T-cells from thymus.5,6 Adipose tissue expansion with aging is also a major source of inflammation in elderly( inflammaging) which has a marked influence on systemic metabolism and may results in increased incidence of insulin resistance, type- 2 DM and various cardiovascular disorders in them.7 Innate immunity declines with aging. In elderly dendritic cells became less effective and functions of neutrophils also declines eg. slow response to chemotaxis, phagocytosis, superoxide generation and alteration in signal transduction and membrane lipid rafts.8 Aging is also associated with decreased ability of the peripheral lymphoid cells to undergo clonal expansion or regeneration which leads to decreased cell mediated immune response, phagocytic activity and reduced effectiveness of functions of monocytes and macrophages. There is reduced thymopoiesis in elderly which results in reduced number and frequency of naïve T-cells and increased number and frequency of memory T-cells in them. In the presence of persistent infectious agents like CMV, expansion of the memory T-cell pool occurs. It is good for control of CMV but it fills the immunological space with clones specific for CMV and reduces the space for naïve T-cells and memory T-cells against other infectious agents and effectively reduces T-cell repertoire diversity. So knowing immunological history (number and frequency of antigens encounter during life) is very informative and is also a strong determinant of immunological aging. The immunological aging is the extent of senescence seeing at the immunological level. This mostly involve T-cells but B-cells can also be senescent. Reduced thymopoiesis may occur due to age related thymic involution or due to fat deposition in thymus or due to both. As naïve T-cells are the main cells which fight against new infections hence its reduction strongly correlates with reduced efficiency of the elderly to fight against infections. Thymic involution also occurs in stress and in pregnancy but unlike age related thymic involution, they are completely reversible9. Studies have shown that the involuted thymus of most elderly persons are still able to produce some naïve T-cells though it is very less as compared to their younger counterparts.10 Both the production and functions of B-cells decline with aging which may be responsible for increased susceptibility to diseases, reduced response to vaccination and increased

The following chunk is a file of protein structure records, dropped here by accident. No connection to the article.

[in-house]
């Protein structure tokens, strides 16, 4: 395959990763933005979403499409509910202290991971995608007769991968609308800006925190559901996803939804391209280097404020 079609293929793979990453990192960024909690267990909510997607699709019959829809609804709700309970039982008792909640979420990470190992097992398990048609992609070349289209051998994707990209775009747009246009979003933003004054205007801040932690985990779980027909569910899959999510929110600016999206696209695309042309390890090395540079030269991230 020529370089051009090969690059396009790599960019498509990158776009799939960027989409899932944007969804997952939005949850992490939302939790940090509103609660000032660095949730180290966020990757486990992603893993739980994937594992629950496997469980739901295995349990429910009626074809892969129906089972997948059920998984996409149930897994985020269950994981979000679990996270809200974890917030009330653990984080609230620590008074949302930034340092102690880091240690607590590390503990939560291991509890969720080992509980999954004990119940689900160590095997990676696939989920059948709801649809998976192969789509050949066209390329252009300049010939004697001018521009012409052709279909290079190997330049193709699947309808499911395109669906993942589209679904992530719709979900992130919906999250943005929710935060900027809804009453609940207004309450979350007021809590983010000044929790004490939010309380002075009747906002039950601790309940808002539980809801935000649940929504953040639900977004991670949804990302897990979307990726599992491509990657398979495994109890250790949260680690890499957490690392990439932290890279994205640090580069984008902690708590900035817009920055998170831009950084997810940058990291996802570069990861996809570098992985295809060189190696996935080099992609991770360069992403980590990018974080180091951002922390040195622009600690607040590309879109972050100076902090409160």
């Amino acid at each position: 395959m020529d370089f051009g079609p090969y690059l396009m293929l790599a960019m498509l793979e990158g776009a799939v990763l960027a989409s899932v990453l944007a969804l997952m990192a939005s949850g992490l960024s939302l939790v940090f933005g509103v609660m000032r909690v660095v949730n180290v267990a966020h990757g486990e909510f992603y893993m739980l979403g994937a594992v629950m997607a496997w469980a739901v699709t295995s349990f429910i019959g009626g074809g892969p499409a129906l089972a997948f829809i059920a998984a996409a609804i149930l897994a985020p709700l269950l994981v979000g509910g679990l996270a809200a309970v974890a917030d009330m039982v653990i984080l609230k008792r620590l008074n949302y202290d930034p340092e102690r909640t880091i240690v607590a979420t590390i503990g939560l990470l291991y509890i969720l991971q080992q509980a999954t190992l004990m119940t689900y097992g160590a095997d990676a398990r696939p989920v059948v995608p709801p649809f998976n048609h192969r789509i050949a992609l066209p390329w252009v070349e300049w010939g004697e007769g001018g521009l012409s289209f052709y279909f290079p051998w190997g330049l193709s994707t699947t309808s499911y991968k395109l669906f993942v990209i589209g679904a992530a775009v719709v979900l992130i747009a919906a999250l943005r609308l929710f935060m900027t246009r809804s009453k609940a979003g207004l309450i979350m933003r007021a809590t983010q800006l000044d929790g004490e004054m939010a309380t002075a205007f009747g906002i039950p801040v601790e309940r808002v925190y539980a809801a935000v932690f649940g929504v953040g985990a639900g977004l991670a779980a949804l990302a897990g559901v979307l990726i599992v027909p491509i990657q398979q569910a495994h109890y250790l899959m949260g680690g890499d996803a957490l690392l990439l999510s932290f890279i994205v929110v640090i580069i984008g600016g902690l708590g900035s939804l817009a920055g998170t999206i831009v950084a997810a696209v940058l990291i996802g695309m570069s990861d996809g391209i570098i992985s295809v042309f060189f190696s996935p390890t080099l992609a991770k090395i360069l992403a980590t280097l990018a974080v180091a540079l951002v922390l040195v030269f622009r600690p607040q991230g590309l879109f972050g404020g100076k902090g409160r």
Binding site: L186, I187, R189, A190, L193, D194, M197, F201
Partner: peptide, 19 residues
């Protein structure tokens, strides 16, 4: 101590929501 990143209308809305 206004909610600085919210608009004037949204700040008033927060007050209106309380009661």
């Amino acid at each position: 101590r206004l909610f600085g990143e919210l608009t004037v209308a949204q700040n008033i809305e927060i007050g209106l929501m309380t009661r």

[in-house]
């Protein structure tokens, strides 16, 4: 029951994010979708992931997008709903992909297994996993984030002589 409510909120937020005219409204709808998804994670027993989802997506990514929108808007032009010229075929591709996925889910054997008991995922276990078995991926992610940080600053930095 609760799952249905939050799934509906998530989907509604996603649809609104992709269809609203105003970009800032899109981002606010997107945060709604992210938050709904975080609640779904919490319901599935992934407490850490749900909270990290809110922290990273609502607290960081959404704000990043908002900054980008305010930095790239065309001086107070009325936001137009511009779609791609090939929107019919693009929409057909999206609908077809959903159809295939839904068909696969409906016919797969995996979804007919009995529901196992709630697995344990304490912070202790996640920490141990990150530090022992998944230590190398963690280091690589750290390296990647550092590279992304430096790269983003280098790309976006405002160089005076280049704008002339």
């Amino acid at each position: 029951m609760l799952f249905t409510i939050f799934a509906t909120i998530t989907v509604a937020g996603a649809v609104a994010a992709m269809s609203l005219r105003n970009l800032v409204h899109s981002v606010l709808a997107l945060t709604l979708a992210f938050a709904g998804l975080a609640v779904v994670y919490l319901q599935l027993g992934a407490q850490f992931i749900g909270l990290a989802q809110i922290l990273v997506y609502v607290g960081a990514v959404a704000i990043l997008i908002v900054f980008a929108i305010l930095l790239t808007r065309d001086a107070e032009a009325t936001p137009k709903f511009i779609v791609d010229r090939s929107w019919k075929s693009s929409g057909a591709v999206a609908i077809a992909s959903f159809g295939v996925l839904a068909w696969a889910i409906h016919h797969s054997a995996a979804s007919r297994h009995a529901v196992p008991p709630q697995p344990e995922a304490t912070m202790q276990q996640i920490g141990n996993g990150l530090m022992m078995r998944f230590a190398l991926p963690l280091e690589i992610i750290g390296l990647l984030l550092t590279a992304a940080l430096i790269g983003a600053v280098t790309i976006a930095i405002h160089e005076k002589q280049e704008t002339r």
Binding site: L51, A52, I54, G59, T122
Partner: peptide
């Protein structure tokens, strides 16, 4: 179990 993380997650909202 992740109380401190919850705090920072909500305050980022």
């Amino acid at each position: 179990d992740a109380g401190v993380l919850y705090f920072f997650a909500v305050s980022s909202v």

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cancer incidence in them.11. Number of naïve B-cells are much less in elderly as compared to their younger counterpart with increase in antigen experienced memory cells in cell pool of elderly, some of which may be exhausted B-cells. The overall antibody affinity in elderly is also reduced due to a general isotype switching from IgG to IgM antibodies.11,12.